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Breastfeeding after breast surgery

Most mums who have had breast surgery can breastfeed

breast surgery

If you are pregnant and have had breast surgery (eg breast reduction or breast augmentation), you may be concerned about how it could affect breastfeeding. 

One of the best first steps to take is to contact a breastfeeding counsellor or a lactation consultant well before the birth. Attending a breastfeeding workshop while pregnant may answer some of your concerns. It may also help to make a breastfeeding plan.

Most mums who have had breast surgery can breastfeed, at least in some way. Some can: 

  • fully breastfeed (ie without needing top-up feeds)  

  • partially breastfeed (ie with some topping up)  

  • breastfeed with the help of medicines to boost supply depending on the reason for low supply.  

I had breast surgery in the past

If you’ve had breast surgery, it’s difficult to know which of the above groups you will fall into, until your baby is born and you start to breastfeed. 

How your surgery was done can impact upon how fully you can breastfeed.   

  • Breast reduction surgery is more likely to cause milk supply problems than breast augmentation surgery. This is particularly so if your nipple was moved to a new position during the surgery. This will have disrupted the nerve supply to the nipple and areola.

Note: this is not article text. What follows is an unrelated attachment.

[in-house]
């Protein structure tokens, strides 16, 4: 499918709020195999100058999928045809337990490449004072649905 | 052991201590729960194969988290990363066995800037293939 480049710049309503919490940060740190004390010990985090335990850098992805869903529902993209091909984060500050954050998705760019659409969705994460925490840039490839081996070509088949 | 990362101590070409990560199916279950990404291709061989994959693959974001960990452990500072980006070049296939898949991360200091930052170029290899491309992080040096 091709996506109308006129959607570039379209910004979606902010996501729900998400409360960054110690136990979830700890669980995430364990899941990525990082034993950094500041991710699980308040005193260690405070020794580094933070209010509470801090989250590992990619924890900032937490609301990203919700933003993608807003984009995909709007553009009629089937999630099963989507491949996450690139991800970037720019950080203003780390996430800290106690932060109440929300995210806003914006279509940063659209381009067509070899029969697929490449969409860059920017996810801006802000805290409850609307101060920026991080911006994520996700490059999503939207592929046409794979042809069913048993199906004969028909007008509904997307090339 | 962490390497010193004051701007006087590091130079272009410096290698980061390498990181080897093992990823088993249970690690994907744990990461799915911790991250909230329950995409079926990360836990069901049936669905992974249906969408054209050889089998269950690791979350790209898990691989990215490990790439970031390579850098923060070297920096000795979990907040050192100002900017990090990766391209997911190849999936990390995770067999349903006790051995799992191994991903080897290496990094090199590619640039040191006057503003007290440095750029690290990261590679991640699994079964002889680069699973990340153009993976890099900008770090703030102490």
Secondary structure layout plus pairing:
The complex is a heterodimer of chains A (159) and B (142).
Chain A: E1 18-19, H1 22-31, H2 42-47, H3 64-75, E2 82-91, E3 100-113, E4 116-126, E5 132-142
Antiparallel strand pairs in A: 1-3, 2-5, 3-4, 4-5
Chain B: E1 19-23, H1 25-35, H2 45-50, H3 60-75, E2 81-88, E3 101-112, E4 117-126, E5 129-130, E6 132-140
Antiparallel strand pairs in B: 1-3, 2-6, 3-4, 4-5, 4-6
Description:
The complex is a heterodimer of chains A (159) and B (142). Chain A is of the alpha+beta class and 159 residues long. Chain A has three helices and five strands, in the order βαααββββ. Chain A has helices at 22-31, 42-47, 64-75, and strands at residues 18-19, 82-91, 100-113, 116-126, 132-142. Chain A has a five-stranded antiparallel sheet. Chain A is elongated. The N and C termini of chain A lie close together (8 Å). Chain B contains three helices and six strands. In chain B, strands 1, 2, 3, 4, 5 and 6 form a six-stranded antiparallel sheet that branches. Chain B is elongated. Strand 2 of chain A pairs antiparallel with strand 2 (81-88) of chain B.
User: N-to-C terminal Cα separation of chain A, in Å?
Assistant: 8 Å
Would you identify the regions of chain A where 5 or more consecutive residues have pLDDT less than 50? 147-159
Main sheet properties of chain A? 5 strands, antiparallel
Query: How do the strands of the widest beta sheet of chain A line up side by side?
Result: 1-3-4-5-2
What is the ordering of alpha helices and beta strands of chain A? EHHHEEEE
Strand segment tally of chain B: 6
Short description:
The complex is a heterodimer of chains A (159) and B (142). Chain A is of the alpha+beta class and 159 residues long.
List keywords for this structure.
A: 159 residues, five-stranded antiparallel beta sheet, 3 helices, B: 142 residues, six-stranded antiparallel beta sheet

• It also depends on how much the surgery disrupted the milk glands and milk ducts. However, nerves can regrow, although slowly, and glandular tissue can develop during pregnancy. 

  • If you had breast augmentation because you didn't have enough breast tissue, then this may also mean you have problems with milk supply. This is particularly so if nerves and milk ducts were cut during surgery.  

  • If you have had a mastectomy, or a partial mastectomy and radiotherapy for breast cancer, you are able to breastfeed from the other breast. Some mothers who have had radiotherapy after a partial mastectomy may be able to partially breastfeed on the affected side as well. 

I am having breast surgery

Before the surgery, discuss your current (or future) breastfeeding situation with your breast surgeon. Where possible, your surgeon can change the way they do the surgery to enable you to breastfeed in the future.   

If you are breastfeeding at the moment, talk to your doctors about how the surgery may affect your ability to breastfeed.  

  • How soon will I be able to breastfeed my baby? 

  • What treatments or medicines will I need and will I be able to keep breastfeeding with them?  

  • Can I keep breastfeeding on the other breast?  

You may find it useful to read more about breastfeeding and anaesthesia and going to hospital

Whatever your situation, keep in contact with a breastfeeding counsellor or lactation consultant after your surgery. They can help you to establish and / or keep going with breastfeeding. 


© Australian Breastfeeding Association May 2022